When improperly done, body conditioning may cause irreversible injuries and deformations. This happens when an over-eager practitioner strikes a hard target too hard for his level of conditioning or from over training. There are historical accounts of practitioners who trained their hands so much, that their hands were as hard as rock, but as a result, not longer had the agility to hold a pen.

 



 

4- Skin diseases

Skin disease, transmitted through skin to skin contact, are most common amongst grapplers. Some forms of infection can also spread through the contact of contaminated mats, equipment and towels.

Skin disease transmitted through the practice of martial arts could be the subject of an entire book but for the purpose of this article, we shall limit ourselves to enumerating the most common diseases as listed by Brian Jones PhD in an article published in the journal of Asian martial arts.

Fungal infections

Tinea Corpolis
(Ring Worm)
ring_worm_on_the_arm
photograph courtesy of
http://phil.cdc.gov

 

Tinea pedis
(Athlete's foot)
230px-Athletes
photograph taken from
wikipedia  

Tinea Cruris

(Jock itch)

 

Jock itch manifests itself on the groin area.

 

 

Bacterial infections

Staph Infection (Impetigo)240px-Staphylococcus_aureus_01

SEM micrograph of S. aureus colonies;
photograph courtesy of
Cellulitis and Erysipelas 
230px-Cellulitis3
Infected left shin
photograph courtesy of
RafaelLopez for wikipedia 

Infectious folliculitis

 

No image available

Methicillin-resistant staphyloccucus aureus
250px-MRSA7820
 SEM micrograph of MRSA.
photograph courtesy of

 

 

Viral infections

Herpes gladiatorum

 

No image available

Warts (verruca)

foot_warts

multiple warts on big toe
photograph courtesy of Raimar for wikipedia 

Molluscum contagiosum

230px-Molluscaklein

photograph courtesy of E van Herk for wikipedia 

Herpes Zoster (Chicken Pox)

230px-Herpes_zoster_neck

photograph courtesy of John Pozniak for wikipedia

 

Parasitic infections

Scabies

Scabies Acarodermatitis_Hand

Scabies on hand
photograph is courtesy of Sven Teschke for wikipedia

Pediculosis (Lice)

230px-Pediculus_humanus_var_capitis

photograph courtesy of Centers for Disease Control and Prevention for wikipedia

As a general rule of thumb, good personal hygiene and frequent washing of training clothes, mats and equipment may greatly decrease the incidence of skin infections. For detailed information on prevention, symptoms and treatment of skin infections, please consult a competent health professional.

 



 

 5- False security, ego boost and arrogance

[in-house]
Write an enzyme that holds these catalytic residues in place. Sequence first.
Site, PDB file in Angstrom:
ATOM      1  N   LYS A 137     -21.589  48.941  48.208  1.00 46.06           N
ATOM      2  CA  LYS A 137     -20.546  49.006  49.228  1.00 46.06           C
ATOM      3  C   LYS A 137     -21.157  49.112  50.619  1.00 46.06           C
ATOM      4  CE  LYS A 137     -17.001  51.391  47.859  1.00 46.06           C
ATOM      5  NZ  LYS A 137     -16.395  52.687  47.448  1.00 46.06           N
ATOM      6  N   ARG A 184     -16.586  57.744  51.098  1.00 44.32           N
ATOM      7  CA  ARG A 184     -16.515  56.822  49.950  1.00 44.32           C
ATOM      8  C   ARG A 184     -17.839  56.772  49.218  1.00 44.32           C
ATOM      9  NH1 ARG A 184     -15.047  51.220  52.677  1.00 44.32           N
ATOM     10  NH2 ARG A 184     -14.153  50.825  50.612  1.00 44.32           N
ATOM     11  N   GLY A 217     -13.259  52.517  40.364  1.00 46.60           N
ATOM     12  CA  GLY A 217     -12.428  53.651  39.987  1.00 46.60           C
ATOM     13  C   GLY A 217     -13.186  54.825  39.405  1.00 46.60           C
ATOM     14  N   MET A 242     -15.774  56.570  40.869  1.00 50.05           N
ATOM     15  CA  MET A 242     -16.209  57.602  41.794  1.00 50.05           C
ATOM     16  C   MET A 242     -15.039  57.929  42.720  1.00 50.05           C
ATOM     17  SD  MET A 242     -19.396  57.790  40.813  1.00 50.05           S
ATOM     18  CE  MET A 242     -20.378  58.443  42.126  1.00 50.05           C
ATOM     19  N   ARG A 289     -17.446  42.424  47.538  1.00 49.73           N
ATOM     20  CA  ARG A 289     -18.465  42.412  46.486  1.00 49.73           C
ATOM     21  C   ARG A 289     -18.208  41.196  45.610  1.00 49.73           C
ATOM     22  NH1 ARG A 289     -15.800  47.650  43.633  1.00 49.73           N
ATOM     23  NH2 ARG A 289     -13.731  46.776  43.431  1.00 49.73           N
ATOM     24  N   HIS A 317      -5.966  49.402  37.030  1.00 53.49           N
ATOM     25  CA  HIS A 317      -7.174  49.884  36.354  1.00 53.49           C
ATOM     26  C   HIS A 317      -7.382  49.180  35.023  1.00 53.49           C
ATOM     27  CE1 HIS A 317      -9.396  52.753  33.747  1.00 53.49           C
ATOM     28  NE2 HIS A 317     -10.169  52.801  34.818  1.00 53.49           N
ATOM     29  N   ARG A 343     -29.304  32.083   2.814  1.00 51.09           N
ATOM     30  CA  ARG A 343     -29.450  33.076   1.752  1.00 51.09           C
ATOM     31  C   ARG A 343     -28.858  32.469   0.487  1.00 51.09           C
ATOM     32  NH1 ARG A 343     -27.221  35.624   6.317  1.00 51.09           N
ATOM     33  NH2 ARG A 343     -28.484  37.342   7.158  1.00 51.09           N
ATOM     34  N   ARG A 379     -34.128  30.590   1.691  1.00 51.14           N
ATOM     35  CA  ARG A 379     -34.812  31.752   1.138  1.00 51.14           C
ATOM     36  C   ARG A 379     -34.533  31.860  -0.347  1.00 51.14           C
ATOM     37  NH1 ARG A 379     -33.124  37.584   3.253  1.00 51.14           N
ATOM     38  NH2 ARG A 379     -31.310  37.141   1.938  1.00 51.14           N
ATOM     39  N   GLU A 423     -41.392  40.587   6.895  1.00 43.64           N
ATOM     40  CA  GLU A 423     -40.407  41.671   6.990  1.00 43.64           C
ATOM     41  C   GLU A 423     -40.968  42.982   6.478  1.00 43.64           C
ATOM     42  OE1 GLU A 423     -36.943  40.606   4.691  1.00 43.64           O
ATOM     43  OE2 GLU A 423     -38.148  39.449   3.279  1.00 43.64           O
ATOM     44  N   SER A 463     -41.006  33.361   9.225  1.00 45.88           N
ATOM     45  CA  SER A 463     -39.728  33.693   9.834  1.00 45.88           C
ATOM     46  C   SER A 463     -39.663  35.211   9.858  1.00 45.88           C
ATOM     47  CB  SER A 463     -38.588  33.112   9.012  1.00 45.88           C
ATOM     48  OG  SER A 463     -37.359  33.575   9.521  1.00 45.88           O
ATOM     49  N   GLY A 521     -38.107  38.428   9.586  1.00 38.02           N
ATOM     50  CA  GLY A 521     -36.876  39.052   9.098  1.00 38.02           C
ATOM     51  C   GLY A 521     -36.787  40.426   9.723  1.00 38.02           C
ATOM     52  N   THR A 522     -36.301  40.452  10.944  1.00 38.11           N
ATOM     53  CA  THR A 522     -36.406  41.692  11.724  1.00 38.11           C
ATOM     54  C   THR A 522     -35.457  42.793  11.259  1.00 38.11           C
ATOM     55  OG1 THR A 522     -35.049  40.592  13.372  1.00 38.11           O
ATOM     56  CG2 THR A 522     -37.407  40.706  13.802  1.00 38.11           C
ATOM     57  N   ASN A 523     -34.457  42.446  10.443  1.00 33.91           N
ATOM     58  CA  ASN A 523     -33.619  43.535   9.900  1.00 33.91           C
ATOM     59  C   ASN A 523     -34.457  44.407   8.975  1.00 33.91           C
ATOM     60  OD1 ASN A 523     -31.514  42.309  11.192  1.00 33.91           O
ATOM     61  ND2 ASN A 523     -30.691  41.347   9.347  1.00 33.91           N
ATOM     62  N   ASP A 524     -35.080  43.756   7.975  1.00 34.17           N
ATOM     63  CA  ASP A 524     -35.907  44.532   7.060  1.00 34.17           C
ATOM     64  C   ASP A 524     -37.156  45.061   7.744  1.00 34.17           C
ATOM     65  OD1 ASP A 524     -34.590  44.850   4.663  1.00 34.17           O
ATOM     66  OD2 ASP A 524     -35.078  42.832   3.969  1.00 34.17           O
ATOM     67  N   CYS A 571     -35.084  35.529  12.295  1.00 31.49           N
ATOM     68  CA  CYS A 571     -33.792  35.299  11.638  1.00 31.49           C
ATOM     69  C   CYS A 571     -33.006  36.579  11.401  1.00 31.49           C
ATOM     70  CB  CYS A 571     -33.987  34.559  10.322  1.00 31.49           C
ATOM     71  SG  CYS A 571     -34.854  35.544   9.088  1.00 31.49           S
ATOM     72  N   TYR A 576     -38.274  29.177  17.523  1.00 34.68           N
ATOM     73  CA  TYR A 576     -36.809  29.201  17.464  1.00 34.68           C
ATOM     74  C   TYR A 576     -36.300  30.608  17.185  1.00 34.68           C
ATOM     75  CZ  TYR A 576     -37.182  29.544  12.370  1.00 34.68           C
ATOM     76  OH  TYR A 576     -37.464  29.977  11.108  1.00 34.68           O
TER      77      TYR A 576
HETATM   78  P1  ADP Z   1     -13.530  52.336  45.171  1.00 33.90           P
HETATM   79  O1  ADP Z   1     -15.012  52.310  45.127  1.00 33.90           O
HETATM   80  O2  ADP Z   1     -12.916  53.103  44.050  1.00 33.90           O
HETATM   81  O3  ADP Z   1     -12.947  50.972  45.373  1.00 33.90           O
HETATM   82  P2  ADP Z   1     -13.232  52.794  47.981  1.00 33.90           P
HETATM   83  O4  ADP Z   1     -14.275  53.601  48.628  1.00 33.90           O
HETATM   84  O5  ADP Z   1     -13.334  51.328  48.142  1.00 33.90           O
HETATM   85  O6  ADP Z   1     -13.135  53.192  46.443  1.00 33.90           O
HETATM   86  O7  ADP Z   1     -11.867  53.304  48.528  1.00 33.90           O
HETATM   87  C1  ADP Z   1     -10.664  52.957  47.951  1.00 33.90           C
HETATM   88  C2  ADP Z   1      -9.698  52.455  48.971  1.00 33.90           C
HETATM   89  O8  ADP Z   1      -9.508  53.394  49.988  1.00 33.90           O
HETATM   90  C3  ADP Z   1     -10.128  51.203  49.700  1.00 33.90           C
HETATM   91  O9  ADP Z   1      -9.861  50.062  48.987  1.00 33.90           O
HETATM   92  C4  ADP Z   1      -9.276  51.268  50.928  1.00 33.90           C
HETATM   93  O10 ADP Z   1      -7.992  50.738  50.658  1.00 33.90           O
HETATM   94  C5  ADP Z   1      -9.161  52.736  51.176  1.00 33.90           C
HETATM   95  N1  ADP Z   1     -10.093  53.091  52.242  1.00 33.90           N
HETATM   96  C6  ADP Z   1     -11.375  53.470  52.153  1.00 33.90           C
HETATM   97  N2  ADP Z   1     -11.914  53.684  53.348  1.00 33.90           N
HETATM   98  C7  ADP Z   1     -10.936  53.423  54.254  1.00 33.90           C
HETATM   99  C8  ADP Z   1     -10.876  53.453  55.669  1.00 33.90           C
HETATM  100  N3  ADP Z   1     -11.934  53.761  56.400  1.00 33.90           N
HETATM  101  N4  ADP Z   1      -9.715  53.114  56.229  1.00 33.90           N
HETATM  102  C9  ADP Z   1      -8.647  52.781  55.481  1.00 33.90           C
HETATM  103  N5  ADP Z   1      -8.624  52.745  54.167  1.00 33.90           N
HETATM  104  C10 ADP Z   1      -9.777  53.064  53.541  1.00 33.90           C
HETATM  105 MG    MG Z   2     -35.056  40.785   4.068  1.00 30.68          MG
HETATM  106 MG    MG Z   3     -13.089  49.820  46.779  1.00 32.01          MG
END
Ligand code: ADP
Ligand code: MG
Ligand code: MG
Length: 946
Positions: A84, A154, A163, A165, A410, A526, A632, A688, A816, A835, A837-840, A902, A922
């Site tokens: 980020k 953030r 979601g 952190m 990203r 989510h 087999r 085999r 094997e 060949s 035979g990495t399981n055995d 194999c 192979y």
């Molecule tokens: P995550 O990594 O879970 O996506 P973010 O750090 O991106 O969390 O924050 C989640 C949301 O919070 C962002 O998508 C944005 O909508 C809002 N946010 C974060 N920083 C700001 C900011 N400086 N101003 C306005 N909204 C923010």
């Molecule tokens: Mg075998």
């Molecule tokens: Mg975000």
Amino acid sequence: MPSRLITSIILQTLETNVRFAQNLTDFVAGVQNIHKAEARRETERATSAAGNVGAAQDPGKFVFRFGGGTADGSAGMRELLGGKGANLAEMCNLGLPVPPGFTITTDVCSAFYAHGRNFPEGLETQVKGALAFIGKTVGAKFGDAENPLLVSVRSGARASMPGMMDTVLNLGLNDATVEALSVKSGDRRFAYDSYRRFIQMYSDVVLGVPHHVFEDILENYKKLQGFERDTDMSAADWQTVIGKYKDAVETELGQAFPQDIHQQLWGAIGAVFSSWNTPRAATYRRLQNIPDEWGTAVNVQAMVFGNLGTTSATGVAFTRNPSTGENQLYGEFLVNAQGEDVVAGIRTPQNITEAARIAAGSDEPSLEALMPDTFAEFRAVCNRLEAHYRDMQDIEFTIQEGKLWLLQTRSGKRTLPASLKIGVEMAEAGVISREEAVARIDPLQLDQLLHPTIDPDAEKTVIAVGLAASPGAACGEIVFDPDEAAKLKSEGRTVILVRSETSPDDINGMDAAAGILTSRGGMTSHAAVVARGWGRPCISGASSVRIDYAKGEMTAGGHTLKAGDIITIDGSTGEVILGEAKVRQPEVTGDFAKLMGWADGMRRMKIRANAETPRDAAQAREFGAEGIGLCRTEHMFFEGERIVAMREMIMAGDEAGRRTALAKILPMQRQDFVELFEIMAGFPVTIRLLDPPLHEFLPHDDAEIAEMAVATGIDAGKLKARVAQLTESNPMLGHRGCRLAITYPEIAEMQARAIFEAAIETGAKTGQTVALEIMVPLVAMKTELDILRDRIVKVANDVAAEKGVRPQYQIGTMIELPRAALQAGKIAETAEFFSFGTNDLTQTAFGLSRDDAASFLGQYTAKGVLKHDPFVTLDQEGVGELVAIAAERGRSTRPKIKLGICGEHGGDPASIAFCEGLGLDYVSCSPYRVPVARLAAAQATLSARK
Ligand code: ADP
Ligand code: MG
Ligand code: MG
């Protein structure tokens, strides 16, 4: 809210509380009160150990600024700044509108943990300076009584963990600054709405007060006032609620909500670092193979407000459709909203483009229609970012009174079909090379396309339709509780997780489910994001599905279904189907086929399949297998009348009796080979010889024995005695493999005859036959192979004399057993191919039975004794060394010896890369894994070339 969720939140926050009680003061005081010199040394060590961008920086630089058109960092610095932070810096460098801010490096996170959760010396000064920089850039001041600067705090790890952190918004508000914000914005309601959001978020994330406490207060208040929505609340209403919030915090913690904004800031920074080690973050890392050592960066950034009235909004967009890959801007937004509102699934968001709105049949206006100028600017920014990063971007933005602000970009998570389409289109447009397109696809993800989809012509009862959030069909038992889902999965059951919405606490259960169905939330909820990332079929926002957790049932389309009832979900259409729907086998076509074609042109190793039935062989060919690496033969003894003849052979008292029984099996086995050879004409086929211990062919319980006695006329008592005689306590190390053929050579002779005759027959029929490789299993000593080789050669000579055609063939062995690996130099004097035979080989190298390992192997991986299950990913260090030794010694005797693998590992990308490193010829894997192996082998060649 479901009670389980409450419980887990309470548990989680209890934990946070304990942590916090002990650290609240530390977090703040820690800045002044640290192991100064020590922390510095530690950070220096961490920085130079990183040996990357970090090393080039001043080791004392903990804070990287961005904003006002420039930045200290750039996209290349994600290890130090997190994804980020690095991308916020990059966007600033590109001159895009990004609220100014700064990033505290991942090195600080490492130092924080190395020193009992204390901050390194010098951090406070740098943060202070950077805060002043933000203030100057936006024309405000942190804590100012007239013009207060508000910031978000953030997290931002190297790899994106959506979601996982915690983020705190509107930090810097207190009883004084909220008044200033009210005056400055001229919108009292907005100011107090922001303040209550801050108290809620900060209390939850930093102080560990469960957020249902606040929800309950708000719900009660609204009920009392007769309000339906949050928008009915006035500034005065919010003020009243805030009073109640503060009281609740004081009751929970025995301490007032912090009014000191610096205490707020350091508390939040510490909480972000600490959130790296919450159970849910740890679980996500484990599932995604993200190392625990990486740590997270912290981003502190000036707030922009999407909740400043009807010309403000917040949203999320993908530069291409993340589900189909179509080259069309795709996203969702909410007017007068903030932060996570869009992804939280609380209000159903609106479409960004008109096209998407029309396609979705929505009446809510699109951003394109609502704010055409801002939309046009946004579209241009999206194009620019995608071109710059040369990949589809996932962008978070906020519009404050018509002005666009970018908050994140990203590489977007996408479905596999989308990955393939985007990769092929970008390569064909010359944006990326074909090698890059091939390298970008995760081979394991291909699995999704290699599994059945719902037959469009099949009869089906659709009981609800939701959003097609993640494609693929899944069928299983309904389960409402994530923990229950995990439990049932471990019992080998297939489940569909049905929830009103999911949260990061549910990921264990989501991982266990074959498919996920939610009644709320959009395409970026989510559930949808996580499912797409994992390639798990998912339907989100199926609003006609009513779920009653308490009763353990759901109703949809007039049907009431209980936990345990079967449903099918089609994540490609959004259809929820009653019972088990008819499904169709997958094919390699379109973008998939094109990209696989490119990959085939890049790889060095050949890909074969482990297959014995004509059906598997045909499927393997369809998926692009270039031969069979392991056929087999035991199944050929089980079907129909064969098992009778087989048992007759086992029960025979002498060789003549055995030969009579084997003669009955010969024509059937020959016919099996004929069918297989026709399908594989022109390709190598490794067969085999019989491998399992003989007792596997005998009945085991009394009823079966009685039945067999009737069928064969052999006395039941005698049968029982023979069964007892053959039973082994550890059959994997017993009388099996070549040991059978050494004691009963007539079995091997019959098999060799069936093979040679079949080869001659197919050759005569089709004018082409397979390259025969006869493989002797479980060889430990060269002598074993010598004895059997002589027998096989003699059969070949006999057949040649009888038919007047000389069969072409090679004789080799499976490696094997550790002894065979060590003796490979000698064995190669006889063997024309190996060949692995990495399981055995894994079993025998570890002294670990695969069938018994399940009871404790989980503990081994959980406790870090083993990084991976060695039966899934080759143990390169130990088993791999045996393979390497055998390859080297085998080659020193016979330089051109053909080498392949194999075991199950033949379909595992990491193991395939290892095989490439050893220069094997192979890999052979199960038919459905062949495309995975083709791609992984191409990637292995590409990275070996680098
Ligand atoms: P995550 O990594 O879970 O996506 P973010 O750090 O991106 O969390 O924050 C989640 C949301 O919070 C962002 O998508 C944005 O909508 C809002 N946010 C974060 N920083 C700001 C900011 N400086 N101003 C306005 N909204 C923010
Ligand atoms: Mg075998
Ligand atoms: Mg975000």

Many school claim that martial arts practice will enhance self esteem and self confidence in the practitioner, which is not a bad thing with a timid person but what about the arrogant and delusional one?

Self worth and self confidence can be enhanced by being good in any discipline; the difference with martial arts is that the skills backing up the practitioner’s arrogance can easily be misused. If someone brags about their skills in a game, sport or activity and meet another braggart, the worst that can happen is that they get beaten in that discipline. Getting beaten in chess, baseball or video games may hurt the ego, but won’t leave any lasting consequences.

When someone brags about their fighting abilities or otherwise feel confident enough to go pick fights over trivial matters, the consequences may sometimes be fatal. We all heard of the anecdotal tale of the black belt that got into a street fight only to get seriously beaten up. Word around the Montreal Karate community talks about a case where a karate champion*, used to beating people in bars, once fought and severely beat another patron of the bar, only to be ambushed by the victim and his friends, all armed with baseball bats. Needless to say, the karate champion lost this fight and along it, his life.

Would naturally arrogant people have the same level of confidence needed to pick fights had they never learned how to fight? Perhaps, they would since it was already in their personality traits, but there is no denying that martial arts helped them develop their in-born arrogance and self confidence.

* In respect to the deceased champion, his family, friends and Karate associations, his name was not used in this article.

 

6- Greed

The commercialization of martial arts opened the door to all kind of scams and money traps. To the uninitiated, identifying honest instructors from money hungry ones is not an easy task.

 
money_house
All those extras may help the instructor buy a new house.
picture taken from www.mediabistro.com

Most martial arts schools legitimately require students to pay a fee for instruction. Tuition is used to pay for school expenses and to provide the instructor with financial compensation for his time. Profit oriented instructors may ask extra fees for uniforms, examinations, training gears and material, seminars, competitions, etc.